Mr. Roussely became EdF Chairman in July 1998, and used this opportunity to introduce himself to the Commission. He was particularly interested in the NRC's actions in life extension and license renewal, decommissioning, foreign ownership of nuclear facilities located in the U.S., and the future of nuclear power and regulation in the U.S. Mr. Roussely also discussed the European Pressurized Water Reactor (EPR), an evolutionary, 1500 Mwe PWR being developed by Framatome of France and Siemens of Germany. The basic design phase has been completed and an optimization phase is underway, and EdF, Framatome and Siemens are developing a joint organization to engineer the plant. The respective regulatory authorities have agreed on a set of common safety guidelines.
Office of the Secretary
[ Prev | Next ]
|1. SECY-99-214||8/23/99||Options for Proceeding with NRC's Efforts Regarding the Release of Solid Materials|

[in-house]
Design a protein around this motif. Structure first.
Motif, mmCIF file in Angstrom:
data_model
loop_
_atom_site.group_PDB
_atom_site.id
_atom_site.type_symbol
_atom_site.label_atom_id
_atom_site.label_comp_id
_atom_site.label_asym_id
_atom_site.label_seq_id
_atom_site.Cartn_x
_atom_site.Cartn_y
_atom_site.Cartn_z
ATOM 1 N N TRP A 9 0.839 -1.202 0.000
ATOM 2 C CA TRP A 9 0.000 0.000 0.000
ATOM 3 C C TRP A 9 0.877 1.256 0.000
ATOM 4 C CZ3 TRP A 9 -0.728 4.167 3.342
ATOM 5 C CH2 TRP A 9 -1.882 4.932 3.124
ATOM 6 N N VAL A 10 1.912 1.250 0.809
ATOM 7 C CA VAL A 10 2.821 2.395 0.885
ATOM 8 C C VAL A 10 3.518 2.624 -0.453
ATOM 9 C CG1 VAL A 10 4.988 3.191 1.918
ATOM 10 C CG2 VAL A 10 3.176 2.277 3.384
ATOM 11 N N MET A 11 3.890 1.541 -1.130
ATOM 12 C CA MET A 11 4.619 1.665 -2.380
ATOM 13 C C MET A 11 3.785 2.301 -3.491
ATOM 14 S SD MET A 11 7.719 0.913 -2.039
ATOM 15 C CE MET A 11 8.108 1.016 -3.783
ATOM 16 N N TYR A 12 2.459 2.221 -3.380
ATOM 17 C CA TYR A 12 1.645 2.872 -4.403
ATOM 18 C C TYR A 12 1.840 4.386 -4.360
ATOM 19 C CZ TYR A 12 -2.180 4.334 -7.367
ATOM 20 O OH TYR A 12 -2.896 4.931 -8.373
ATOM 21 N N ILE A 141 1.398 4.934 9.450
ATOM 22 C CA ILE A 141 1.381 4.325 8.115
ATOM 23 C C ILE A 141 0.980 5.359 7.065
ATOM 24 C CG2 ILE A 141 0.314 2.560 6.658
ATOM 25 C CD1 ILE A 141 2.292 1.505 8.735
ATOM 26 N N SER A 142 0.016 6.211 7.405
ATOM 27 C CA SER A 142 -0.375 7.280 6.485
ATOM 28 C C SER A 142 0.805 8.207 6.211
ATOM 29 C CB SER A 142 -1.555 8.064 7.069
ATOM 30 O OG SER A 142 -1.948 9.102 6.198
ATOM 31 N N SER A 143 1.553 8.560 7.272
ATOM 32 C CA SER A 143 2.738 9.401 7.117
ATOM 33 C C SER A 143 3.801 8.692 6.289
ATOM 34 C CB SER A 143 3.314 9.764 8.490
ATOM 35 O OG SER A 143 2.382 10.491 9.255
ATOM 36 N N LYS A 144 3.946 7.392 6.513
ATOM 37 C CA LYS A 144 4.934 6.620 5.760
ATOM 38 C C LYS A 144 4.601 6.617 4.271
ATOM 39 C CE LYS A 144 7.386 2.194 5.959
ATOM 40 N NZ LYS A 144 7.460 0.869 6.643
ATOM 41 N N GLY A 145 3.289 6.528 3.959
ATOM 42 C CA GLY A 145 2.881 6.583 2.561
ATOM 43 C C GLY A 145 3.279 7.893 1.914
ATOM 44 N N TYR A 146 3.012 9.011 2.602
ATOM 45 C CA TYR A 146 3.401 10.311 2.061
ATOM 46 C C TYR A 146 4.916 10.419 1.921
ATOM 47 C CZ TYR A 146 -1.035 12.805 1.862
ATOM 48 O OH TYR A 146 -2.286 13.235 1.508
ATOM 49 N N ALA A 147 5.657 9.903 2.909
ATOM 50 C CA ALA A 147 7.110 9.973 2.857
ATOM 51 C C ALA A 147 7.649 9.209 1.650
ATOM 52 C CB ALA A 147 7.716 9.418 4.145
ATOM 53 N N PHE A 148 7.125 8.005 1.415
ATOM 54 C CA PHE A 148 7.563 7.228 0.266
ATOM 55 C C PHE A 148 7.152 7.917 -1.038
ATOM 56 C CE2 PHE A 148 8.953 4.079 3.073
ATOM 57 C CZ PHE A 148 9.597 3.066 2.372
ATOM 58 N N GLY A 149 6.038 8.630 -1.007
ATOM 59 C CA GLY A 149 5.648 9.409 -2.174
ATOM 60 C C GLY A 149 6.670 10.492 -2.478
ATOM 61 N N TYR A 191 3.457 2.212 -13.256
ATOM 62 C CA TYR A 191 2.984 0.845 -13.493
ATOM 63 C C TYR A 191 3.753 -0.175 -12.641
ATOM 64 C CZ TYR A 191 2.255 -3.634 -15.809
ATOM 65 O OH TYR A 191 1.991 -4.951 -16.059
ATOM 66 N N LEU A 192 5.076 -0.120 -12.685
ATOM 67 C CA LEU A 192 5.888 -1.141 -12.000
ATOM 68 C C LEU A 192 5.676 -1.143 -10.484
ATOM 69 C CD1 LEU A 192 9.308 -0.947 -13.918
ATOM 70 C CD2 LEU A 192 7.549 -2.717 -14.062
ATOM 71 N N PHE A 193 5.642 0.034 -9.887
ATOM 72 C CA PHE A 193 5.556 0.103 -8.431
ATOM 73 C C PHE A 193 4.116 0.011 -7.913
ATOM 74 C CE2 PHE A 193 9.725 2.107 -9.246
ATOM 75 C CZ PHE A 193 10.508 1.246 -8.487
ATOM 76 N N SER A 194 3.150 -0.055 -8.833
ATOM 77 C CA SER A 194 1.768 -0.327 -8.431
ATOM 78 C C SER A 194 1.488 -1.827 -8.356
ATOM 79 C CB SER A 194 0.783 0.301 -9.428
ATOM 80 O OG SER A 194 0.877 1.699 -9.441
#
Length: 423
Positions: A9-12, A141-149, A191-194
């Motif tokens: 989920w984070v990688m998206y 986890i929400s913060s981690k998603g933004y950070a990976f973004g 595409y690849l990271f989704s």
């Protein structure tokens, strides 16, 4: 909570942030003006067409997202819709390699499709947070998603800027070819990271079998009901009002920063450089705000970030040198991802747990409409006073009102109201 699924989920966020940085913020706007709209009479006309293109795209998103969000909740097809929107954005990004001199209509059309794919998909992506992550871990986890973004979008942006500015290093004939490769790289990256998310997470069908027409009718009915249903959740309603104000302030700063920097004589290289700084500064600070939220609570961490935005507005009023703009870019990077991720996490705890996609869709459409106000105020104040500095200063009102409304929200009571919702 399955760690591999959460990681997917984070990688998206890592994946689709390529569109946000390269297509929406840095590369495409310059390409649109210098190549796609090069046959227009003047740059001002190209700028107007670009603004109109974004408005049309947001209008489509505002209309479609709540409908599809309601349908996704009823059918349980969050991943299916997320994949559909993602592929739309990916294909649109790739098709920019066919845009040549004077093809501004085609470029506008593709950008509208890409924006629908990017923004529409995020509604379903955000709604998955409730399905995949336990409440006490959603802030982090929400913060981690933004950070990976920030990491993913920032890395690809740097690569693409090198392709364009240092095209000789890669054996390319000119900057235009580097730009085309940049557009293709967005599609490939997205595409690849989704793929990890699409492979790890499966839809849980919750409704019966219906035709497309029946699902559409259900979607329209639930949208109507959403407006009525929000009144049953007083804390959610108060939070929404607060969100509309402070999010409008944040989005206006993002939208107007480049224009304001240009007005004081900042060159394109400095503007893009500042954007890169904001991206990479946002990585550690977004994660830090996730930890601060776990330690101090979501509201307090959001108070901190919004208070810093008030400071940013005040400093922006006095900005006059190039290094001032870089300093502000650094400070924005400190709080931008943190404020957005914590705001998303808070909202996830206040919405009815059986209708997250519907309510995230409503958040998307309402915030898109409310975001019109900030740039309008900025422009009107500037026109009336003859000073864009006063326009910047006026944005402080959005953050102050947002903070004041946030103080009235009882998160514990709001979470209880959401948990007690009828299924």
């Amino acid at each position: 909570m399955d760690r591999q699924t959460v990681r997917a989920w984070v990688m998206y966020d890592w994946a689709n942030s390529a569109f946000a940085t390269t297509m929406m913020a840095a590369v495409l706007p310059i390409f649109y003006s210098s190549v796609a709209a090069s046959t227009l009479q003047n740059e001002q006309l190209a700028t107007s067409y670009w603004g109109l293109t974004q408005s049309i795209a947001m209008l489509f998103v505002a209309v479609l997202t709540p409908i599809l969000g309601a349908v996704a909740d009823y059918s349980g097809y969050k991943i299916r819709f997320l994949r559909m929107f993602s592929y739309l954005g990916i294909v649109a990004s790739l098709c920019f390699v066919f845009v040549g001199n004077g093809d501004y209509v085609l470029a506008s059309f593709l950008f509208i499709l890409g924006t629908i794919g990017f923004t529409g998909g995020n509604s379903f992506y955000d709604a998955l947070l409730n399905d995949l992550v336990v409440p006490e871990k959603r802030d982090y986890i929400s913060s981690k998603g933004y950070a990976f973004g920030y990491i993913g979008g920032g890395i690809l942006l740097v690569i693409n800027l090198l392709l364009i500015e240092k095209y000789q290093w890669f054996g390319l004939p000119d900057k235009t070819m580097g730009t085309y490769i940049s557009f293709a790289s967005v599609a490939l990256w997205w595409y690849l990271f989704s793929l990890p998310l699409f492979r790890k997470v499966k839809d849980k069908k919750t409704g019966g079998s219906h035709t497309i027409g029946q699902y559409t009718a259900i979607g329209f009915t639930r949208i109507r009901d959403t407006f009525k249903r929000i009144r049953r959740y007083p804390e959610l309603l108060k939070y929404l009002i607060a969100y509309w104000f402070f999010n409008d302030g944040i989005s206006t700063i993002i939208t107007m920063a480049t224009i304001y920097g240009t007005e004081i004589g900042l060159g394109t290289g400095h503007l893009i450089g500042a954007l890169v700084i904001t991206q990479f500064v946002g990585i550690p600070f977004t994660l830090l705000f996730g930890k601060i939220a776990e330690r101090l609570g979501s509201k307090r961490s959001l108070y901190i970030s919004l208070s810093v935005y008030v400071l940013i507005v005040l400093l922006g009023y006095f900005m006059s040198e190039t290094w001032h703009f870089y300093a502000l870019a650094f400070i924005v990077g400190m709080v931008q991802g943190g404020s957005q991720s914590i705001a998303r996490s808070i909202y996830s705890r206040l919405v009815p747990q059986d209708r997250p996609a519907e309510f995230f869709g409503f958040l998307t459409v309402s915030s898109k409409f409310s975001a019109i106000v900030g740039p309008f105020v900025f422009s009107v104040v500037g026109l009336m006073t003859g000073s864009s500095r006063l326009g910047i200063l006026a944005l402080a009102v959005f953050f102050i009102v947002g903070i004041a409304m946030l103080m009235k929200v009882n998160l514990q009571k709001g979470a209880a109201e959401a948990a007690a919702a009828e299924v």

|SRM on 99-214||9/20/99||(same)|
|Commission Voting Record on 99-214||9/20/99||(same)|
|1. SECY-99-224||9/8/99||Weekly Information Report - Week Ending September 3, 1999|
|1. M990924||9/24/99||Affirmation Session, September 24, 1999, SECY-99-236 - First Energy Nuclear Operating Co., et al. (Beaver Valley Power Station, Units 1 and 2), Docket Nos. 50-334-LT and 50-412-LT, Local 29's Petition to Waive Time Limits in 10 CFR § 2.1305 and Supplemental Comments|
1. Letter to David A Lochbaum, Union of concerned Scientists, dated September 17, 1999, concerns July 1, 1999 revisions to the 10 CFR 2.206 petition review process documented in Management Directive 8 11 (MD 8 11), "Review Process for 10 CFR 2.206 Petitions."